In 2011, with great hope, Monwara Shameem had handed over her 8.25 decimals of land in Mohakhali DOHS to a reputed developer to construct a six-storied apartment building.
Since it was a prominent realtor, she was certain that her brand new home would be ready for her and her family to move in in three years’ time, and she went about dreaming up the interiors for the space.
But, she never got the chance to do up her longed-for duplex apartment, as she passed away last year -- four years after the promised handover date.
The flats are unlikely to be ready anytime soon: only the skeleton of the six-storied building has been erected in the last eight years, with no construction work taking place at present.
In the past five years the developer sought extensions many a times, which Shameem had no choice but to go along with. But now, her family’s patience has worn thin and they are at a wits’ end over the issue.
Taking the long winded legal route against the developer, who also has kept three other landowners in the neighbourhood hanging, appears to be the only option for them to reclaim possession of the plot.
Like them, tens of thousands of landowners and many more buyers from all over the country are in limbo.
The majority of the buyers and landowners’ complaint is the delay, said a realtor who has been in the business for 30 years now. He requested not to be named to speak candidly about the issues holding back the real estate sector.
“And they don’t have anywhere to go when that happens. So, there should be an accountability authority to look after the buyers and landowners’ interests.”
If it isn’t delays, there are quality issues too: the buyers and landowners are often not happy with the product they are handed over.
“Because of a few bad apples all of us get a bad rap and people are cynical about developers. So, it would be good if we are all under surveillance.”
But, it is not that the apartment buyers are never at fault.
“They also put us in difficulty at times. When they commit to buying an apartment from us, we expect a monthly flow of cash from them and plan our finances accordingly. So when they skip out on an instalment it throws a spanner in the works.”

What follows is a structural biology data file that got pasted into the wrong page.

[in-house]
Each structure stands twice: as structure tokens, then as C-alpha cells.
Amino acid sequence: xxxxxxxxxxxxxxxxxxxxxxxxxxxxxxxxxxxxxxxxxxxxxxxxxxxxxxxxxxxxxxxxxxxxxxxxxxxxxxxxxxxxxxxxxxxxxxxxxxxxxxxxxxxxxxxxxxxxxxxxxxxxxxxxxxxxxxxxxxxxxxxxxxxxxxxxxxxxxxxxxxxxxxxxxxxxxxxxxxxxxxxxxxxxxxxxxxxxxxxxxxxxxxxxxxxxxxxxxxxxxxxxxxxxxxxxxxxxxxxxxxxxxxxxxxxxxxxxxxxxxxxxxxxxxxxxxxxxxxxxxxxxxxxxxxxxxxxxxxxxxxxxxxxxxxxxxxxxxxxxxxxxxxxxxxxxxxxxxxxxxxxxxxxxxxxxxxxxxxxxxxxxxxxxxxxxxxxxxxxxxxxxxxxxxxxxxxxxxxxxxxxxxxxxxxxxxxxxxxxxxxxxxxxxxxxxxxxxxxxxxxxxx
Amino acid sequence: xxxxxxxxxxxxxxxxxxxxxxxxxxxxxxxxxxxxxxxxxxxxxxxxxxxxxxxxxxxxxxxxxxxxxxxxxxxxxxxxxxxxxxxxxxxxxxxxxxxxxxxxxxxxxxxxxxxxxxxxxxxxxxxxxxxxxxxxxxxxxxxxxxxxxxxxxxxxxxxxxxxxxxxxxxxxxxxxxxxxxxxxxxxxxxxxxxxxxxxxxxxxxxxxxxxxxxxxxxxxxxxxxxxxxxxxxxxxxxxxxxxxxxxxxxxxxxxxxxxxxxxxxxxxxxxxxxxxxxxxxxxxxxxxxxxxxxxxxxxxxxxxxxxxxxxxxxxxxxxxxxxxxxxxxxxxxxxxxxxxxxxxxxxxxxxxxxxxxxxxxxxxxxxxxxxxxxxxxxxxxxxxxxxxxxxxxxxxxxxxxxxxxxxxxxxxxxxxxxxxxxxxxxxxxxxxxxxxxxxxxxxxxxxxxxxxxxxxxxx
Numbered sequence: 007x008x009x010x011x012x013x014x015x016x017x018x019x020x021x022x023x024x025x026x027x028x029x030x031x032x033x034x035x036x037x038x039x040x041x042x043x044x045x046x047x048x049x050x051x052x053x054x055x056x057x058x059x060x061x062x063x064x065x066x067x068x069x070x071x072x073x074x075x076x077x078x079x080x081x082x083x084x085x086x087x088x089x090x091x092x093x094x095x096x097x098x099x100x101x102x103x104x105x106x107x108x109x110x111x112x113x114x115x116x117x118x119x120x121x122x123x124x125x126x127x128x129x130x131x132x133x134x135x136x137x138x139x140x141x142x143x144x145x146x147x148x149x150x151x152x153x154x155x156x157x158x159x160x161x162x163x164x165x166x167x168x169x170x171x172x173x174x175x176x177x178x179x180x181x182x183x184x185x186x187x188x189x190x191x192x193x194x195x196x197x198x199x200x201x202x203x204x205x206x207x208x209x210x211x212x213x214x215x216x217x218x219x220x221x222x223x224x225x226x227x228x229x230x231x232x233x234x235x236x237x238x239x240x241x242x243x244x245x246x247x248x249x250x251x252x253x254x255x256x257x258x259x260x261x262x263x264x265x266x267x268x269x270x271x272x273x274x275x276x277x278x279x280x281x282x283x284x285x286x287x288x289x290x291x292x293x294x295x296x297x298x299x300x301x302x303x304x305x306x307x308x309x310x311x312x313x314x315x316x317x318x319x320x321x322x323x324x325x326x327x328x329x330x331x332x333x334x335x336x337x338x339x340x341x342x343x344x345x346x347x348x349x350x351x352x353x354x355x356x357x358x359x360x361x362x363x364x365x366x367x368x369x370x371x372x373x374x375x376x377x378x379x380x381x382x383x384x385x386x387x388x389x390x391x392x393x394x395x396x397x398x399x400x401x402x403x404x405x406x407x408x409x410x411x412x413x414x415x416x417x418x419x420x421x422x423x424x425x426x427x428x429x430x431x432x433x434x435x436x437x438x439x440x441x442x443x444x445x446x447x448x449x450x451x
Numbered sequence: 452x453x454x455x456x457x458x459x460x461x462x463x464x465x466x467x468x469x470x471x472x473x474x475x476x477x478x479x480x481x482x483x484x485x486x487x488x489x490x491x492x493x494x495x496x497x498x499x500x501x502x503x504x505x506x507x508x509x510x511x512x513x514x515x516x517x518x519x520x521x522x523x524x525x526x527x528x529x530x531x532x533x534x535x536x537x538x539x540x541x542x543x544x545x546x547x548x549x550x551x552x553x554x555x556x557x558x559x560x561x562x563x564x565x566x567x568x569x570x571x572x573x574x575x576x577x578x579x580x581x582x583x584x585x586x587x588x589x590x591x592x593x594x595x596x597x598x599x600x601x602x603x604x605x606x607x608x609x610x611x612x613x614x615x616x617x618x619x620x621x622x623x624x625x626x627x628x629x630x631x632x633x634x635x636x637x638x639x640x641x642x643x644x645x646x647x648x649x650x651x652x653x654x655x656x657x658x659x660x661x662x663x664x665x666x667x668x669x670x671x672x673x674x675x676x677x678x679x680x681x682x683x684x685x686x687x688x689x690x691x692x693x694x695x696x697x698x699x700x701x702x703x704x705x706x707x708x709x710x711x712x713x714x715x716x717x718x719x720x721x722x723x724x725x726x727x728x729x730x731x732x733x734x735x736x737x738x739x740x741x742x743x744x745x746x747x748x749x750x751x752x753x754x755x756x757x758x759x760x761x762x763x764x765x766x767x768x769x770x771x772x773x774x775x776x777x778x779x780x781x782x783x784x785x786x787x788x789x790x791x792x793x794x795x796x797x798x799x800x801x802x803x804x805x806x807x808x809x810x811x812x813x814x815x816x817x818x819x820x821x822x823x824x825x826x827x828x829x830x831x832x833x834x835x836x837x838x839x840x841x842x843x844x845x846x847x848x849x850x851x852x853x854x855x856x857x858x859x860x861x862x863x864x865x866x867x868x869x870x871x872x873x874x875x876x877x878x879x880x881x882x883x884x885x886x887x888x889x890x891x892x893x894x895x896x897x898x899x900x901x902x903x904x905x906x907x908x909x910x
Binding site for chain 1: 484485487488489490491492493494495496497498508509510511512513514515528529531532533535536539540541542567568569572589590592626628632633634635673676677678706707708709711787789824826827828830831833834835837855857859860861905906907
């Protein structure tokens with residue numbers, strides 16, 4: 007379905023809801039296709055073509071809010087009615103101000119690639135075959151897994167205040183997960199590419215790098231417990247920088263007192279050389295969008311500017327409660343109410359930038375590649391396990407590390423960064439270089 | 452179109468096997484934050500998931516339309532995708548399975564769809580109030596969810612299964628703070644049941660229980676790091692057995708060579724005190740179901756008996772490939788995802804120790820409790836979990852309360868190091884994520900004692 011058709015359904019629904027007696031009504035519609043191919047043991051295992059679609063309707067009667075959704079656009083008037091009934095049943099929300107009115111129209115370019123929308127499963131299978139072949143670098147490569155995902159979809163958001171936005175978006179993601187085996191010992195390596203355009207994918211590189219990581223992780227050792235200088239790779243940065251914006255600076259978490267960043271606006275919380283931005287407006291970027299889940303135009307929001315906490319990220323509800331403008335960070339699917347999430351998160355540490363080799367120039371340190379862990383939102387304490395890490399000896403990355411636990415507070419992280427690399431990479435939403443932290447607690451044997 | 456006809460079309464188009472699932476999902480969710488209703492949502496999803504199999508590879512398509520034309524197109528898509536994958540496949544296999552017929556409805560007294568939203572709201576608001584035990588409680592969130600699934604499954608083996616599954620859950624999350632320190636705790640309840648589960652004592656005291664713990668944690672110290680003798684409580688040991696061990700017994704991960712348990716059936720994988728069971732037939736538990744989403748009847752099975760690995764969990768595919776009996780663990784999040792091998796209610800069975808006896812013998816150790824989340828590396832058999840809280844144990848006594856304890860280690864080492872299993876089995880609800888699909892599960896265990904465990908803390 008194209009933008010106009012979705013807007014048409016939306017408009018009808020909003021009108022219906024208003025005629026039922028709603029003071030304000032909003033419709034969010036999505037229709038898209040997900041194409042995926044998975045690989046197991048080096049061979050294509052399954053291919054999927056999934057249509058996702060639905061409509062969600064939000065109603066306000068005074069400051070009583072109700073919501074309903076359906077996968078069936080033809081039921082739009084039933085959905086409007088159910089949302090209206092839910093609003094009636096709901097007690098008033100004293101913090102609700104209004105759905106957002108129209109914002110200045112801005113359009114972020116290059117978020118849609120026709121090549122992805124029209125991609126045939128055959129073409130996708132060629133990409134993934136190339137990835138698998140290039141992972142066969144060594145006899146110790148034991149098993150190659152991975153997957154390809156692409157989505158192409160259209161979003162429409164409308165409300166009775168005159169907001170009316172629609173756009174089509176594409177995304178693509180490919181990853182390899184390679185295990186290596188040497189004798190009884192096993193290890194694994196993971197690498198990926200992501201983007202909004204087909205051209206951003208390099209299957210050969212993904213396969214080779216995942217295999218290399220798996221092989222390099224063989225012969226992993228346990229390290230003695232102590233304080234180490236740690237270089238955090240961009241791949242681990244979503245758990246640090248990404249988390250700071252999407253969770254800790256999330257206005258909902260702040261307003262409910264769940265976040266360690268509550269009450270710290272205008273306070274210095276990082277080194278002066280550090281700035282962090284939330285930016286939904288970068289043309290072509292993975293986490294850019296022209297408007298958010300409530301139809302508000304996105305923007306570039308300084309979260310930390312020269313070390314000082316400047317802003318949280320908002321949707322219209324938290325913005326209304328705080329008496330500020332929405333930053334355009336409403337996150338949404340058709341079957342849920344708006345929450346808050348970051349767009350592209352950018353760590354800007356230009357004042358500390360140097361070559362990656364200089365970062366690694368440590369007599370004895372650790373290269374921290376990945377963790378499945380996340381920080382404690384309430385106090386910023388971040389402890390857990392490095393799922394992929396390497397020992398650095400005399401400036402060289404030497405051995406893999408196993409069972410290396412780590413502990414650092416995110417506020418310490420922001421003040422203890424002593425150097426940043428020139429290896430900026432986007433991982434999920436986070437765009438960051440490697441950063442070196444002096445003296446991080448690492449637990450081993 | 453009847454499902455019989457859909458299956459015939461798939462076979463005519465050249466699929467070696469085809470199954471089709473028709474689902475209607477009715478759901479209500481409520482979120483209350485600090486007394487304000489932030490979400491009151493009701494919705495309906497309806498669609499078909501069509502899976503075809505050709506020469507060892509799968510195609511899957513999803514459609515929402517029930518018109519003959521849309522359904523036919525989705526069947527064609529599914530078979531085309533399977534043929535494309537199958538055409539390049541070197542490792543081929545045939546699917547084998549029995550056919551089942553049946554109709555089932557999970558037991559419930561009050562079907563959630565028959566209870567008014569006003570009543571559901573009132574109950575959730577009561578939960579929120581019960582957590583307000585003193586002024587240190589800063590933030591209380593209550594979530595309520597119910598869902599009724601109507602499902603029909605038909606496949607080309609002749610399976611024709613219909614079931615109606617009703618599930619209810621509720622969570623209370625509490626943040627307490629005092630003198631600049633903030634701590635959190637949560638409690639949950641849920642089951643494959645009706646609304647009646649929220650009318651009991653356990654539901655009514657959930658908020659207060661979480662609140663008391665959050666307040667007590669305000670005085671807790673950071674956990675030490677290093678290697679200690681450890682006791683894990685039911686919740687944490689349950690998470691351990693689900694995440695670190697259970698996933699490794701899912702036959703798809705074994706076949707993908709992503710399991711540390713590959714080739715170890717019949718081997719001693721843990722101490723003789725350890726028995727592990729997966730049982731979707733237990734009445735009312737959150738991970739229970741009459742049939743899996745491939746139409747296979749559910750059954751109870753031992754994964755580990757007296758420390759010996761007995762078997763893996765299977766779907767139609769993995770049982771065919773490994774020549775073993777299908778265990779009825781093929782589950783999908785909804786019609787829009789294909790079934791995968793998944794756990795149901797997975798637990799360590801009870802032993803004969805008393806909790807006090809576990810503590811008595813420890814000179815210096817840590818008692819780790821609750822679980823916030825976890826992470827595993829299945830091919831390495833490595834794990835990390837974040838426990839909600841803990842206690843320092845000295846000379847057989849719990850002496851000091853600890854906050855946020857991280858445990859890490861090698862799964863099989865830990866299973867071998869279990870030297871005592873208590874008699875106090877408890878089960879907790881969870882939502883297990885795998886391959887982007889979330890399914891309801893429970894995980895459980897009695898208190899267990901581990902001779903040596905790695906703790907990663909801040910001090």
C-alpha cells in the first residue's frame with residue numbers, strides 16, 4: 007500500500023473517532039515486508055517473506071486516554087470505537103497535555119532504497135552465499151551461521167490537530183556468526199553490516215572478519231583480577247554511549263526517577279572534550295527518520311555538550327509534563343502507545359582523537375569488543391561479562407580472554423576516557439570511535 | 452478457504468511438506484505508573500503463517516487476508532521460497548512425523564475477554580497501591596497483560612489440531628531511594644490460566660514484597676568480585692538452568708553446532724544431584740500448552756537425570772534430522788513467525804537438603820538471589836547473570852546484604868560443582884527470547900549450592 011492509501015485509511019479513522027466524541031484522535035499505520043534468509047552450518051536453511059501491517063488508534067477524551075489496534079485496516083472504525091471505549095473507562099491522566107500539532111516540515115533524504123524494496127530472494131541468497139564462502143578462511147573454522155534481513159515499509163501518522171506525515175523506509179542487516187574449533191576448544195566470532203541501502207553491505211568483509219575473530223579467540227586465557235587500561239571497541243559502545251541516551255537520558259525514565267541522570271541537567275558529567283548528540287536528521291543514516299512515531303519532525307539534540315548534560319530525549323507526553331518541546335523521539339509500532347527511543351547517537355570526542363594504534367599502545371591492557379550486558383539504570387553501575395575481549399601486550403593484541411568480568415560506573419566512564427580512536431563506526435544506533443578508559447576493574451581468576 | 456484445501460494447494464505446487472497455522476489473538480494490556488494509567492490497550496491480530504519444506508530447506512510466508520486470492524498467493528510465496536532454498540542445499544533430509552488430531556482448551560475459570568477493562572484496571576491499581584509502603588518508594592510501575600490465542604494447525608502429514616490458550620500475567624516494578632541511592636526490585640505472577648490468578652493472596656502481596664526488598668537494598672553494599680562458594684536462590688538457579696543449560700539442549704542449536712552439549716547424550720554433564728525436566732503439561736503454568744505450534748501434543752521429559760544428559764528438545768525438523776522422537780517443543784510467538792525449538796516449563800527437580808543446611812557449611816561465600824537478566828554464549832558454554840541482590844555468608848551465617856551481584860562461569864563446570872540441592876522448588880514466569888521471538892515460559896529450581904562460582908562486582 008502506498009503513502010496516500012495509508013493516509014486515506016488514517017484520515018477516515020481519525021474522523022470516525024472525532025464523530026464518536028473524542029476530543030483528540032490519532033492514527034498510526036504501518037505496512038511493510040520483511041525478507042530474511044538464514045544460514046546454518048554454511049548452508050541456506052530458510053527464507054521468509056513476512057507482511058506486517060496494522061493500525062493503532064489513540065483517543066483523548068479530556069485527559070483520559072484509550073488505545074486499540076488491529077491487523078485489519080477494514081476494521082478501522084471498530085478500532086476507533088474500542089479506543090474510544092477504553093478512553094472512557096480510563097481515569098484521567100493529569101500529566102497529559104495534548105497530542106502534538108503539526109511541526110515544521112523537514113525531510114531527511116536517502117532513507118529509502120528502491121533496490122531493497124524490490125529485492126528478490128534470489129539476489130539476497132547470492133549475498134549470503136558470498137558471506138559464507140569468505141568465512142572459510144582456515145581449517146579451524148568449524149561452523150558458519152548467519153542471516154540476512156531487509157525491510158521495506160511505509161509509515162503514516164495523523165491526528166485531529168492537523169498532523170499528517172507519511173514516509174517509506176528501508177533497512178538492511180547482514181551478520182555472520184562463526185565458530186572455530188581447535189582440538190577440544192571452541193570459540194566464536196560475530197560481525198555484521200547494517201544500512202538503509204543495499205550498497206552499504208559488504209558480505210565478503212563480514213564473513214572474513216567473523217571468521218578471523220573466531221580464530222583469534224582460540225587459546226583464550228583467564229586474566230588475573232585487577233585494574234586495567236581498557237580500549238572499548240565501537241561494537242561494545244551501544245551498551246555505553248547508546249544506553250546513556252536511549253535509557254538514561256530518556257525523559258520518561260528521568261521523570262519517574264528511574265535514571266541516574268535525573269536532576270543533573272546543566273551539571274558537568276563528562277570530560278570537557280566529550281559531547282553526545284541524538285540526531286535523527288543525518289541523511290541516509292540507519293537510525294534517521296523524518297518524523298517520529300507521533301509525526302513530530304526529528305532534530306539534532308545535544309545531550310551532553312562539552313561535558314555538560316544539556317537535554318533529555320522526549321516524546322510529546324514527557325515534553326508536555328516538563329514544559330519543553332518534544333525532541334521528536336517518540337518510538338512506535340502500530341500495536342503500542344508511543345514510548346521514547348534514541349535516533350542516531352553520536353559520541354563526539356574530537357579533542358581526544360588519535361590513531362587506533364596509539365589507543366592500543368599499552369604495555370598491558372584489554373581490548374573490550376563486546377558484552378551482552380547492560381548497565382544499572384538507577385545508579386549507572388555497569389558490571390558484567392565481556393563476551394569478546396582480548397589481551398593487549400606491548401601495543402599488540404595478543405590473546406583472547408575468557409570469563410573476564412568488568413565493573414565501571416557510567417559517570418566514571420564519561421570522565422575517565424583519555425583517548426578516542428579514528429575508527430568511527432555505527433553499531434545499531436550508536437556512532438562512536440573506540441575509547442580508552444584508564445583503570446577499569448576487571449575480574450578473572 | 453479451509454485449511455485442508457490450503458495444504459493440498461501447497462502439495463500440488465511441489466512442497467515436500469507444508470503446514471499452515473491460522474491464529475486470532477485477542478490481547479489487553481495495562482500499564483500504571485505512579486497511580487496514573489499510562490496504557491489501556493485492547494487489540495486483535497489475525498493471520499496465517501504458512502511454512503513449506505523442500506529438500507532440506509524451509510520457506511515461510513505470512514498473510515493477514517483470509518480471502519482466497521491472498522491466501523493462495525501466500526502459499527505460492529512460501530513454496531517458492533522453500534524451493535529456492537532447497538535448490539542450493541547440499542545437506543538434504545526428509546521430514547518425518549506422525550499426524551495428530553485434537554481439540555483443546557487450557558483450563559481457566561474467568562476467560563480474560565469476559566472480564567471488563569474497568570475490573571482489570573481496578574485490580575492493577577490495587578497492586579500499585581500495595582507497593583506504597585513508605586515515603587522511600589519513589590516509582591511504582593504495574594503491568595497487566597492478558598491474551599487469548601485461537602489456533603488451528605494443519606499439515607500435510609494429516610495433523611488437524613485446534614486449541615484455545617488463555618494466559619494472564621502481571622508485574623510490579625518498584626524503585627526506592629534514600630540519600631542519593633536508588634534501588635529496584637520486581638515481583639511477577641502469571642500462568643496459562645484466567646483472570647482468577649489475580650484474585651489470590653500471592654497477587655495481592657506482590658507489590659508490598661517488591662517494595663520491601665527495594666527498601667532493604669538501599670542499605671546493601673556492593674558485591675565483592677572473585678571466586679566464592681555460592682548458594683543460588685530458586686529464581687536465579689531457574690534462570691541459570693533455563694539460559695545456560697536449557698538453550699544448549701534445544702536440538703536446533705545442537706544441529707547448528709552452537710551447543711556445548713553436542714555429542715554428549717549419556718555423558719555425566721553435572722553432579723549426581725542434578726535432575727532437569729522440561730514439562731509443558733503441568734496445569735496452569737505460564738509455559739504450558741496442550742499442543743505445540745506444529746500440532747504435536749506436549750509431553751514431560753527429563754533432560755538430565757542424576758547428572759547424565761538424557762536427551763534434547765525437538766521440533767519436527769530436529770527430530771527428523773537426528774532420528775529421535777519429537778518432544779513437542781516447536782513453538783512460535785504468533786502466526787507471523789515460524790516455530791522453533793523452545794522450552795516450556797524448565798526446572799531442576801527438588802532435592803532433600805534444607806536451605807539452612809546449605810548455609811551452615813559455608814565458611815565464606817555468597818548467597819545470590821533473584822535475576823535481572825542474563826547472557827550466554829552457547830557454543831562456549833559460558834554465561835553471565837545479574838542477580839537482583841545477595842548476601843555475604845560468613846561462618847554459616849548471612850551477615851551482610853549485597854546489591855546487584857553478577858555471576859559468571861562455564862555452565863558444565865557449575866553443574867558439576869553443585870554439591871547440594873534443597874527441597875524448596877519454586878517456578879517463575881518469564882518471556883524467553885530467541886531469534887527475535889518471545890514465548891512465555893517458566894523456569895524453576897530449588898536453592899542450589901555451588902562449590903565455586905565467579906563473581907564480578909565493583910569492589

There are many developers who are trying their level best to keep their word to their customers but has to put construction works on pause because of the cash flow crisis, he said.
Any construction project is a huge investment and it is not possible to self-finance them, regardless of how big the realtor is.
There are more than 1,200 developers in Bangladesh but not even 10 of them self-finance their projects, according to the realtor, who has ongoing projects in Mohakhali DOHS, Banani, Cantonment, Uttara, Mohammadpur and Mirpur.
“So, when the consumer is not keeping their commitment, the developer has no place to go. The maximum we can do is send them letters and ask them to pay,” he added.
Delays also happen for bureaucracy.
It takes more than two months to get planning permissions -- even after paying speed money, said another realtor who recently entered the industry and has three ongoing projects in Rampura, West Badda and Mirpur.
“This kills time,” he said upon conditions of anonymity for fear of reprisal.
All that the official sees is a drawing of the planned building maintaining the rules and regulations of the area.
“It shouldn’t take that long,” he added.
The senior realtor echoed the same.
“In Malaysia, Singapore, it takes two years to build a 30-storied building. Here, we can build a six-storied building at best in two years. There is no reason to keep us hanging for two months for a matter this straightforward.”
Not just that, one has to pay speed money to get the files moving along.